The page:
1. Interview family members. Don’t be nervous to ask family members for important information about their family, or to ask for copies of documents and photos. Once the information is lost, it is lost forever, so gather it while you can and store it somewhere safely. The interview process can also be a great way to learn new things about your family.
1. Interview family members.
2. Make sure that every detail in your tree has a reliable source. Take the time to learn about what sources you can use for accurate data and what sources should always be questioned. No matter what the source, always try to back up your findings. It only takes one incorrect fact to send you on the wrong path.
2. Make sure that every detail in your tree has a reliable source.
3. Share your information with others and ask for help when needed. Family history research is challenging, but it can be nearly impossible at times if researchers are not willing to reach out for help or share what they have. Connecting with other family historians can be a great way to make new friends, discover “lost” family members and advance your research.
3. Share your information with others and ask for help when needed.
4. Understand how to use search engines to find what you need. You’ll miss a great deal of online information if you simply type in a search and hit go. There are many tips and tricks that can help you uncover buried information and sift through the many possible results you’ll encounter. Try these Google search tricks.
4. Understand how to use search engines to find what you need.
5. Be flexible when searching databases. One of the biggest mistakes made by family history researchers is searching only for exact names and dates. Often this information was recorded incorrectly – so always be flexible when using online databases that rely on your search terms to retrieve the correct document. Try name variations and broad date ranges to increase your chances of finding a match. When searches fail, be willing to browse for the information you need. You’ll often be surprised by how much you missed.
5. Be flexible when searching databases.
6. Educate yourself about the location your ancestors lived in. What records are available online and offline? What churches, schools and employers were active during your ancestors’ lives? Were there changes to the location’s name that you should know about? What major events happened that could have influenced people’s movements and life choices? Understanding your ancestors’ communities will open new doors in your research.
6. Educate yourself about the location your ancestors lived in.
7. Don’t store all of your information in one place. Years of research can be lost when a computer crashes. Find a secure way to back up your data and do it regularly. Online cloud storage services, such as Amazon Cloud or Google Drive, are great options, or you can purchase an external hard drive or memory card. Another great way to safely store your information and share it with others is by starting a family history blog.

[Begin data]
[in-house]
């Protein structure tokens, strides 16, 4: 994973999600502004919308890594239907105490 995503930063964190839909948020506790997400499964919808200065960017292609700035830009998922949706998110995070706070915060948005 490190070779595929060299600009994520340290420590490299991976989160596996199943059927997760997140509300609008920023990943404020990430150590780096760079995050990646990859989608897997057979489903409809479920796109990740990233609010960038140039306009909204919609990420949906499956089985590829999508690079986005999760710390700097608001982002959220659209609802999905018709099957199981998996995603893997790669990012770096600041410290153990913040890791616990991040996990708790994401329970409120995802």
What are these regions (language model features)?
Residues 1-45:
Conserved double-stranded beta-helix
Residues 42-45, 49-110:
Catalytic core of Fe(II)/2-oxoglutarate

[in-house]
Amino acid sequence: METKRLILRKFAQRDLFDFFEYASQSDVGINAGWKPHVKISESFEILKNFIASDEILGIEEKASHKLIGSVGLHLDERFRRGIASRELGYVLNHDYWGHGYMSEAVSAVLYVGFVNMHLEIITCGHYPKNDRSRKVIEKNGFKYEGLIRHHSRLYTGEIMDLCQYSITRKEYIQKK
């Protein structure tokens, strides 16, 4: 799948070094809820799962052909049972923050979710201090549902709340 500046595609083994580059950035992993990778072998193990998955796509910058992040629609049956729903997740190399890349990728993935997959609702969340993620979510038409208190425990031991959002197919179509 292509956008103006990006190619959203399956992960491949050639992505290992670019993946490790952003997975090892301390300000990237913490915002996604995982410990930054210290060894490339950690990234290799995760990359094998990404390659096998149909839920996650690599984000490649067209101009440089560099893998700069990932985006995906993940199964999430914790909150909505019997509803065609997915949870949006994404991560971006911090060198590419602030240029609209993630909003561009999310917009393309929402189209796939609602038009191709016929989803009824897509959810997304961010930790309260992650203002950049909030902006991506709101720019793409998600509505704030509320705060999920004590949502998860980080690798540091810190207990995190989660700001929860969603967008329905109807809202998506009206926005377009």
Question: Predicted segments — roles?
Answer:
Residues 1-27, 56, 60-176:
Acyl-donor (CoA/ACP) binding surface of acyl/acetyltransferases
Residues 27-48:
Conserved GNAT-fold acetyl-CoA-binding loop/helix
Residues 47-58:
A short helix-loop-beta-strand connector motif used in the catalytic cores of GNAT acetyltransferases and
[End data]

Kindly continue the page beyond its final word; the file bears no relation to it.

7. Don’t store all of your information in one place.
8. Don’t copy other people’s family trees. Not only are online trees often inaccurate and poorly sourced, but doing your own research will lead you to discover more information and will help you build a larger and more accurate tree. Use the information you find in other trees for reference only and spend your time looking for records. Consider joining a local or online research group or emailing others who are researching the same people you are.
8. Don’t copy other people’s family trees.
9. Don’t limit yourself to just a few websites. It may be easy to head over to Ancestry or FamilySearch every time you want to look for a new record, and these big sites have a lot to offer, but there are literally hundreds of high quality research sites online and many of them are free of charge. You’ll make many new discoveries by taking the time to explore all of your options. Find 50 free genealogy sites here.
9. Don’t limit yourself to just a few websites.
10. Don’t limit yourself to online records. A trip to a local historical society, library or family history centre — or even a simple online order of an offline record — can often provide you with the information you need to climb a new branch of your family tree or tear down walls that are standing in your way. Don’t be afraid to explore the important offline resources available to you. Local volunteers are usually eager to help.
10. Don’t limit yourself to online records.
11. Don’t get side-tracked. It is easy to jump from one task to another in family history research. Focus on one family, person or event to build a solid tree and make consistent progress. We do need to step back sometimes when we get stuck, but don’t be afraid to record (in detail) where you left off and come back again to finish the job.
11. Don’t get side-tracked.
12. Don’t give up. There will certainly be times when the task of locating a specific piece of information seems impossible — but prayer, creativity, education and persistence can help you overcome most obstacles.
12. Don’t give up.